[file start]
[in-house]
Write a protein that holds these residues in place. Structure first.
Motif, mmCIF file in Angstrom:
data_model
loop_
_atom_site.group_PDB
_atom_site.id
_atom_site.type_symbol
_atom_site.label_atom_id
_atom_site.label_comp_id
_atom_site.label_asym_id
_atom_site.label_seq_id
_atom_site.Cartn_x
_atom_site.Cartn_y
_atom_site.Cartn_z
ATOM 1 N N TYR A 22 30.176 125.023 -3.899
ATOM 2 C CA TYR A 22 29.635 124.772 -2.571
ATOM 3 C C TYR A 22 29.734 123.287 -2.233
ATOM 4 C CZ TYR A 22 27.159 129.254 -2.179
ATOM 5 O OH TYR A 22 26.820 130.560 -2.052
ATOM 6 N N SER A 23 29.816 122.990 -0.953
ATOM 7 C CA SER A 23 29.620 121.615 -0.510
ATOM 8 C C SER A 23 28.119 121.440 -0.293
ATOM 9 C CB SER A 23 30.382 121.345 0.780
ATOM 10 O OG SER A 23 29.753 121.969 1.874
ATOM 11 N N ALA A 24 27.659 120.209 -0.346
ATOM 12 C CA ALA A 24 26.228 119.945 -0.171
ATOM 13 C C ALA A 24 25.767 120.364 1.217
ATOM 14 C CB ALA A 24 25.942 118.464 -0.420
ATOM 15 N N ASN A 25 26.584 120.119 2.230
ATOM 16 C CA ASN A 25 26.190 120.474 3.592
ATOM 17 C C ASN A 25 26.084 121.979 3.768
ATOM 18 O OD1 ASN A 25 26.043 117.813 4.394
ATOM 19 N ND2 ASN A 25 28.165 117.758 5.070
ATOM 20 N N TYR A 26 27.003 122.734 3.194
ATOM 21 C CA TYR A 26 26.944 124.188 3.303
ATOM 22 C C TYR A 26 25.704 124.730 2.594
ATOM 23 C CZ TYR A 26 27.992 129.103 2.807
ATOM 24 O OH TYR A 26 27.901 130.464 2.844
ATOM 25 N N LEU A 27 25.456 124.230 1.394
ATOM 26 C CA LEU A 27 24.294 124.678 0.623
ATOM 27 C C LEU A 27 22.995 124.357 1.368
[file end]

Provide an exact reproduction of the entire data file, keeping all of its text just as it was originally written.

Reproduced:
[in-house]
Write a protein that holds these residues in place. Structure first.
Motif, mmCIF file in Angstrom:
data_model
loop_
_atom_site.group_PDB
_atom_site.id
_atom_site.type_symbol
_atom_site.label_atom_id
_atom_site.label_comp_id
_atom_site.label_asym_id
_atom_site.label_seq_id
_atom_site.Cartn_x
_atom_site.Cartn_y
_atom_site.Cartn_z
ATOM 1 N N TYR A 22 30.176 125.023 -3.899
ATOM 2 C CA TYR A 22 29.635 124.772 -2.571
ATOM 3 C C TYR A 22 29.734 123.287 -2.233
ATOM 4 C CZ TYR A 22 27.159 129.254 -2.179
ATOM 5 O OH TYR A 22 26.820 130.560 -2.052
ATOM 6 N N SER A 23 29.816 122.990 -0.953
ATOM 7 C CA SER A 23 29.620 121.615 -0.510
ATOM 8 C C SER A 23 28.119 121.440 -0.293
ATOM 9 C CB SER A 23 30.382 121.345 0.780
ATOM 10 O OG SER A 23 29.753 121.969 1.874
ATOM 11 N N ALA A 24 27.659 120.209 -0.346
ATOM 12 C CA ALA A 24 26.228 119.945 -0.171
ATOM 13 C C ALA A 24 25.767 120.364 1.217
ATOM 14 C CB ALA A 24 25.942 118.464 -0.420
ATOM 15 N N ASN A 25 26.584 120.119 2.230
ATOM 16 C CA ASN A 25 26.190 120.474 3.592
ATOM 17 C C ASN A 25 26.084 121.979 3.768
ATOM 18 O OD1 ASN A 25 26.043 117.813 4.394
ATOM 19 N ND2 ASN A 25 28.165 117.758 5.070
ATOM 20 N N TYR A 26 27.003 122.734 3.194
ATOM 21 C CA TYR A 26 26.944 124.188 3.303
ATOM 22 C C TYR A 26 25.704 124.730 2.594
ATOM 23 C CZ TYR A 26 27.992 129.103 2.807
ATOM 24 O OH TYR A 26 27.901 130.464 2.844
ATOM 25 N N LEU A 27 25.456 124.230 1.394
ATOM 26 C CA LEU A 27 24.294 124.678 0.623
ATOM 27 C C LEU A 27 22.995 124.357 1.368